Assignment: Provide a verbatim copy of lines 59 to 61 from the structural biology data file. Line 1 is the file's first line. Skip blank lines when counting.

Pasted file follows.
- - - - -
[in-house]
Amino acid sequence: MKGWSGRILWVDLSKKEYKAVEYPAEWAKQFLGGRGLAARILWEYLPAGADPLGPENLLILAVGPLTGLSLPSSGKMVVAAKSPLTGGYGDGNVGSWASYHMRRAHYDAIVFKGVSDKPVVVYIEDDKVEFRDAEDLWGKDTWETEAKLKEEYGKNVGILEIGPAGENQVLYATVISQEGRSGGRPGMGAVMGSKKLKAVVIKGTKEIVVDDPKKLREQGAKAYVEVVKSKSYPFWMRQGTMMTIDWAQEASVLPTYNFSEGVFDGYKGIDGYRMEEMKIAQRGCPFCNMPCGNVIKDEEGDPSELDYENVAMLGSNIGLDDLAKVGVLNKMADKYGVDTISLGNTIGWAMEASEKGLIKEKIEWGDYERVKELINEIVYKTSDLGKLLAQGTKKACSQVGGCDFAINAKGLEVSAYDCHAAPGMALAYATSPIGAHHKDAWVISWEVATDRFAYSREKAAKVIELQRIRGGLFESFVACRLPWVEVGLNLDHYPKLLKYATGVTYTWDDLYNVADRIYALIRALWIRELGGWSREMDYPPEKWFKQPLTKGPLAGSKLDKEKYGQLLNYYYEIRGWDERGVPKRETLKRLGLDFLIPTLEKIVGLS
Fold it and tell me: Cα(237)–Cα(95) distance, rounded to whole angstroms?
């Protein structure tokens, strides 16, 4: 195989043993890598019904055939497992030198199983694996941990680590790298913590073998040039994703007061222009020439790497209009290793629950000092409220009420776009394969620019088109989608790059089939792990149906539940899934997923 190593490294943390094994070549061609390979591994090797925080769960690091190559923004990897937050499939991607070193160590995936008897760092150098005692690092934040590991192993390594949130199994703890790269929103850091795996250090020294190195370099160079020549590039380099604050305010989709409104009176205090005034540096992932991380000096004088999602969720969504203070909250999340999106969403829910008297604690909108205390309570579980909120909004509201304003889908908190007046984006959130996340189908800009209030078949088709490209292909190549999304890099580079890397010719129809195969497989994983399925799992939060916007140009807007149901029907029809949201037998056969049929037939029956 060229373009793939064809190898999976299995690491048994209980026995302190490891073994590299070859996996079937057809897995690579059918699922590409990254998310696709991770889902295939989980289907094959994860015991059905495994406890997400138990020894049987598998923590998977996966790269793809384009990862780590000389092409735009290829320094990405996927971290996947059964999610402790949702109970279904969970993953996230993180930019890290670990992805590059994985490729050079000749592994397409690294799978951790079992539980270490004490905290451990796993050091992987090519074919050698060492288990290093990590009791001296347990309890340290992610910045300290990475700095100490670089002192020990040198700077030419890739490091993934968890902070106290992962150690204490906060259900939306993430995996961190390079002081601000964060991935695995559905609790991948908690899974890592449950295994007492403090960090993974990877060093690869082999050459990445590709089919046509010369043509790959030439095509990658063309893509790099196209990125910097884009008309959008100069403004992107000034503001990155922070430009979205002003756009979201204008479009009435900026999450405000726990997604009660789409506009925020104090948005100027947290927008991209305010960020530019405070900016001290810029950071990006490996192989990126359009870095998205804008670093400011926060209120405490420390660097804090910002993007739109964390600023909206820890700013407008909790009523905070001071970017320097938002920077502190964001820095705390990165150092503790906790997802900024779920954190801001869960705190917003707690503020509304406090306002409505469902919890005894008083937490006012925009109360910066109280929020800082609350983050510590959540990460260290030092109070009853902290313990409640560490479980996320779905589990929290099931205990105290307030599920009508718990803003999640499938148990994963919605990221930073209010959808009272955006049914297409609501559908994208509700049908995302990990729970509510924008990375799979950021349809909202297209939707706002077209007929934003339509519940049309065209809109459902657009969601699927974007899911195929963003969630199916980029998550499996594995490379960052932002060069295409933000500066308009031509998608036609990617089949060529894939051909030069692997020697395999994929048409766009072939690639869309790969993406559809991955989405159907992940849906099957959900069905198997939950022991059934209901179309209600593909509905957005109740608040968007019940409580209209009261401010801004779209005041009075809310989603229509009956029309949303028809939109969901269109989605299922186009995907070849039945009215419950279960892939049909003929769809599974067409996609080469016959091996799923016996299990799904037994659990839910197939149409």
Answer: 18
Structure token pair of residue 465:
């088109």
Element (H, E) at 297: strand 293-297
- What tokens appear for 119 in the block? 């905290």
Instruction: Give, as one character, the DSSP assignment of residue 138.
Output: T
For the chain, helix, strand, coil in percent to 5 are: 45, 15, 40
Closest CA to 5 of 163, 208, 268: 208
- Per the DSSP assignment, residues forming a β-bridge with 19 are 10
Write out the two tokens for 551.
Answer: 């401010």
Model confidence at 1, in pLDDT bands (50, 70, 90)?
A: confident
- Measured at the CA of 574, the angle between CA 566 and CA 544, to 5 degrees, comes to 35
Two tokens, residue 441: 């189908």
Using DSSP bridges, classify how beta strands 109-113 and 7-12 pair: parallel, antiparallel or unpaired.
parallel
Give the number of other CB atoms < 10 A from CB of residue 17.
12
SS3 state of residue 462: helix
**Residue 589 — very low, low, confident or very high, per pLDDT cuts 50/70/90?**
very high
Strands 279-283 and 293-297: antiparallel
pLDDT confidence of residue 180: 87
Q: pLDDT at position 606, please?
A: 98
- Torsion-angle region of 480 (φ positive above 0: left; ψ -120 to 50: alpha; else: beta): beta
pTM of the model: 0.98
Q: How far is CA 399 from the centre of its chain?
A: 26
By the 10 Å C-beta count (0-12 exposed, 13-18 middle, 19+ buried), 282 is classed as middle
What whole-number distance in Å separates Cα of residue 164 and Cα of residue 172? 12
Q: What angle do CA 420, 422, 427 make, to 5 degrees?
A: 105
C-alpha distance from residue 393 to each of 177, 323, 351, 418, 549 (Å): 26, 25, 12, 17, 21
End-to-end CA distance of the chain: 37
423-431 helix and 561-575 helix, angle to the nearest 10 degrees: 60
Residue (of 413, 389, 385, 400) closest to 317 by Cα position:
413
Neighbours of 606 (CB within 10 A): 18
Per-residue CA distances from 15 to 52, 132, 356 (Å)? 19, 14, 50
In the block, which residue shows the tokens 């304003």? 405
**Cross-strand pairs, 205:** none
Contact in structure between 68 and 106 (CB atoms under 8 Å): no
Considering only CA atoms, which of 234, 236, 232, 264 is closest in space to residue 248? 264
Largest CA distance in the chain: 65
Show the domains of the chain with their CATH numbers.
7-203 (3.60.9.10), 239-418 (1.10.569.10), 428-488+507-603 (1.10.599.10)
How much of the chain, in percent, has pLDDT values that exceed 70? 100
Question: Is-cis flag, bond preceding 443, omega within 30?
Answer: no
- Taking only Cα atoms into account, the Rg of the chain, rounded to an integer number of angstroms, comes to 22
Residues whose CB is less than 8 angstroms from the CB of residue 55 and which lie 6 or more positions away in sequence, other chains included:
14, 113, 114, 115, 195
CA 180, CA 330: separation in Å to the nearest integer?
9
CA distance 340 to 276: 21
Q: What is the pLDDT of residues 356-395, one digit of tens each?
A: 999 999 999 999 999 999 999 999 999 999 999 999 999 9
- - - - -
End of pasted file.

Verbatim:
14, 113, 114, 115, 195
CA 180, CA 330: separation in Å to the nearest integer?
9